September 1, 2014



United Nations Says Changing U.S. Marijuana Laws Violate International Drug Conventions

March 6, 2013

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International Narcotics Control Board criticises decision by some US states to legalise use of cannabis

Cannabis decriminalisation measures across the United States, including the medical use of marijuana in California, have been sharply criticised by the United Nations, which has warned Washington they violate the international drug conventions.

The International Narcotics Control Board (INCB), which polices the drug treaties, has also warned about the growing public health threat from the “unprecedented surge” in “legal highs” and called for concerted global action to curb the growing trade.


Launching its annual report in London, Raymond Yans, the INCB president, said that the successful ballots in Colorado and Washington to legalise the use of cannabis for recreational purposes and the fact that Massachusetts had recently become the 18th state to allow the use of cannabis for medicinal purposes violate the international drug conventions.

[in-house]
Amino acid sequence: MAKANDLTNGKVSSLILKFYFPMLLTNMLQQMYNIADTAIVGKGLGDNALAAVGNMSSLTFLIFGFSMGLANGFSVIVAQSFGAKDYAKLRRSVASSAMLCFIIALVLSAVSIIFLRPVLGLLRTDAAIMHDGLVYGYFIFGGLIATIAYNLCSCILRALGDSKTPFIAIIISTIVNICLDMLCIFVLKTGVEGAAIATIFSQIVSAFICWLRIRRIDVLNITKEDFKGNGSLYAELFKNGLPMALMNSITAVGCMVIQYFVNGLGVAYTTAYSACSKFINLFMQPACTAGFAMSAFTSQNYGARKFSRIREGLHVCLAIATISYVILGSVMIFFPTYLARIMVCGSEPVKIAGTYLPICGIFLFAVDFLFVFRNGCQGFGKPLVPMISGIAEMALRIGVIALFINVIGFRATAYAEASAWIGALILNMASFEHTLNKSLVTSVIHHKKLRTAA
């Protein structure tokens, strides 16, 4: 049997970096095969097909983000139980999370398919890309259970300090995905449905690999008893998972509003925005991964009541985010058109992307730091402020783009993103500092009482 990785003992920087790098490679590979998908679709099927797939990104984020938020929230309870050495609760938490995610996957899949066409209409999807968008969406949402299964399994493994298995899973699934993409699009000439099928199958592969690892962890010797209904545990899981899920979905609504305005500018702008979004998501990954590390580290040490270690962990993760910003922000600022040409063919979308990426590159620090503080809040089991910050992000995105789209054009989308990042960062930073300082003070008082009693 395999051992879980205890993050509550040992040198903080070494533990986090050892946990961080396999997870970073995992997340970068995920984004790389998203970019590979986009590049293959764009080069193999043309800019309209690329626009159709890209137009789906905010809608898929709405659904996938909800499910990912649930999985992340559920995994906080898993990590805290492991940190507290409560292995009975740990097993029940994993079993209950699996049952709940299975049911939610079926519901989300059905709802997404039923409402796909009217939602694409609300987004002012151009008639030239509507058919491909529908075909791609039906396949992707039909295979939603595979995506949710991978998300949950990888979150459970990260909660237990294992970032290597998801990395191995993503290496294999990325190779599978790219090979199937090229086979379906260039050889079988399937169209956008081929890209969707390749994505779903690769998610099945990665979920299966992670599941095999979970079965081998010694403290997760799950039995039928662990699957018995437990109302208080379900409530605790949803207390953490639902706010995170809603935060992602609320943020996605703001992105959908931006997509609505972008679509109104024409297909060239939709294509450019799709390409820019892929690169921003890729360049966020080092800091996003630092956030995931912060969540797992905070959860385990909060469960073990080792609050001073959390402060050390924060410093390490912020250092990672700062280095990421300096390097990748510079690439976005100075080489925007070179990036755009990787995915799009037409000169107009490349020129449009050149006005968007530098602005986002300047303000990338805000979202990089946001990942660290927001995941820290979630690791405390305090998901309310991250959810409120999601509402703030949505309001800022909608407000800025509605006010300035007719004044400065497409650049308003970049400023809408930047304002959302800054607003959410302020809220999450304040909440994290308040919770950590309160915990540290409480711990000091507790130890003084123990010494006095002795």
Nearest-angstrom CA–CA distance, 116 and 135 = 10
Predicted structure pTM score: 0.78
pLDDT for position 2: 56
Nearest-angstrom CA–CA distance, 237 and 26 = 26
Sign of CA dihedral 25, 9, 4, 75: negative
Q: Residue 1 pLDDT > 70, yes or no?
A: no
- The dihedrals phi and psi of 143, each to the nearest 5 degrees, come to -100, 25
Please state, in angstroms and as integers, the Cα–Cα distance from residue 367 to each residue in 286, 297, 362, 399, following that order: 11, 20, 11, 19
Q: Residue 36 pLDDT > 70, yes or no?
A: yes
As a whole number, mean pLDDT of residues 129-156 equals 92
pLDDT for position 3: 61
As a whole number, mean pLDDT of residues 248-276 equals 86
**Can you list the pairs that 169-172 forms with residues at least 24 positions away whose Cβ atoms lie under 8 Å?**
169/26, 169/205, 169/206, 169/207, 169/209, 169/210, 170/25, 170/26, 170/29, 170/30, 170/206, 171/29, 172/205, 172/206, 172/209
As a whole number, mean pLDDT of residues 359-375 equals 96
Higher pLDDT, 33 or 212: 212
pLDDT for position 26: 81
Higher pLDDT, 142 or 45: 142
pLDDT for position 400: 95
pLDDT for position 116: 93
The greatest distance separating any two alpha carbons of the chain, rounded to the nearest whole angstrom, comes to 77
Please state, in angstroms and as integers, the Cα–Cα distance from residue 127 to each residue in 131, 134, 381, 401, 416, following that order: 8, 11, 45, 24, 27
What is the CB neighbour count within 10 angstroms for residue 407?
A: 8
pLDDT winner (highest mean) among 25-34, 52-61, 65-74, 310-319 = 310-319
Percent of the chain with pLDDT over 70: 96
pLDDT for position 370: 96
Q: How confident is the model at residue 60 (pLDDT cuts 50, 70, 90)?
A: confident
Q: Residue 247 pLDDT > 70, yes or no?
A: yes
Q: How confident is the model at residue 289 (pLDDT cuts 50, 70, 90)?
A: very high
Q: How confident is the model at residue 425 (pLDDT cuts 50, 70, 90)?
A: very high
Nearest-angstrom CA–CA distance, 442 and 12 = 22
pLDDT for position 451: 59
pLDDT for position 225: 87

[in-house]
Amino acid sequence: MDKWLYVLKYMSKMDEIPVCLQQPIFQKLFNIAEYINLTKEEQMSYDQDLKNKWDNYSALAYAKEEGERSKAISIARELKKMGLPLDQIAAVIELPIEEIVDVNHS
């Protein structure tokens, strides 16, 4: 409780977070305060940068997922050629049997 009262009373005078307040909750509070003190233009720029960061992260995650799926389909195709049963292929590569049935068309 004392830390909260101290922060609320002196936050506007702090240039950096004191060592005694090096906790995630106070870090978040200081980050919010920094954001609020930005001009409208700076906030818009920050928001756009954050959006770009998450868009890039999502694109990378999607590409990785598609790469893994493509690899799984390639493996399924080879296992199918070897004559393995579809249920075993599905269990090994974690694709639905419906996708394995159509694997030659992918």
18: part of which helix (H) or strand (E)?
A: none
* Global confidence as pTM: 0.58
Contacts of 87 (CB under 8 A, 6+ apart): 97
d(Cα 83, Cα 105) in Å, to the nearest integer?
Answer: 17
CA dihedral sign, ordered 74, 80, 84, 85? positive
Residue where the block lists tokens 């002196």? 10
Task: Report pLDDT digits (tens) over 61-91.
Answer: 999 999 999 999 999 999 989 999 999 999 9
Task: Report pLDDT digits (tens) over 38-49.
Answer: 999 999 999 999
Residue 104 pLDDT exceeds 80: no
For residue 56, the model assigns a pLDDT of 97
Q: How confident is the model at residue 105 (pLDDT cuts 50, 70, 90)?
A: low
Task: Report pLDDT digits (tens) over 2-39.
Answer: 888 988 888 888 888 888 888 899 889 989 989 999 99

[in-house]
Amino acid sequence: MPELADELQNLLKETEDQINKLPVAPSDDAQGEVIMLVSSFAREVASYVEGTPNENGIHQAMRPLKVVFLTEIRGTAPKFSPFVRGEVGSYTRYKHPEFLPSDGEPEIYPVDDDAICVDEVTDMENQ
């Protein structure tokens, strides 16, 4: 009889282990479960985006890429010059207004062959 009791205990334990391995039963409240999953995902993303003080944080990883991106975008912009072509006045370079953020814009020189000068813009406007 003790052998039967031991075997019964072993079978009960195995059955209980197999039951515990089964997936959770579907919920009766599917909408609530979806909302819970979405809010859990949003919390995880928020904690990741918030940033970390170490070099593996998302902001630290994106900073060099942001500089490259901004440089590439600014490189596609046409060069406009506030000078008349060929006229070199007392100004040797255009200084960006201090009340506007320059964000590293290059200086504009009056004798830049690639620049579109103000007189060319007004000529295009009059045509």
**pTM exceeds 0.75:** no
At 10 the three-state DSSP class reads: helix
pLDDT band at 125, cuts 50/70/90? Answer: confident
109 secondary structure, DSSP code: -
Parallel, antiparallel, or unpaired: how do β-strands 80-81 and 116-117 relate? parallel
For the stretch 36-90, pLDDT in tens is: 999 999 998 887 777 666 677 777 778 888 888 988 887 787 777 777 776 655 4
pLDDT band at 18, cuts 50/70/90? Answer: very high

“They also undermine the humanitarian aims of the drug control system and are a threat to public health and wellbeing,” said Yans. He claimed that so-called “medicinal use” initiatives were little more than “a back-door to legalisation for recreational use”.

The INCB has warned the US government that medical cannabis must be properly regulated. “In some US states they are being operated in a way that is completely inappropriate and outside of the conventions,” the report says.

United Nations Says Changing U.S. Marijuana Laws Violate International Drug Conventions [continued]




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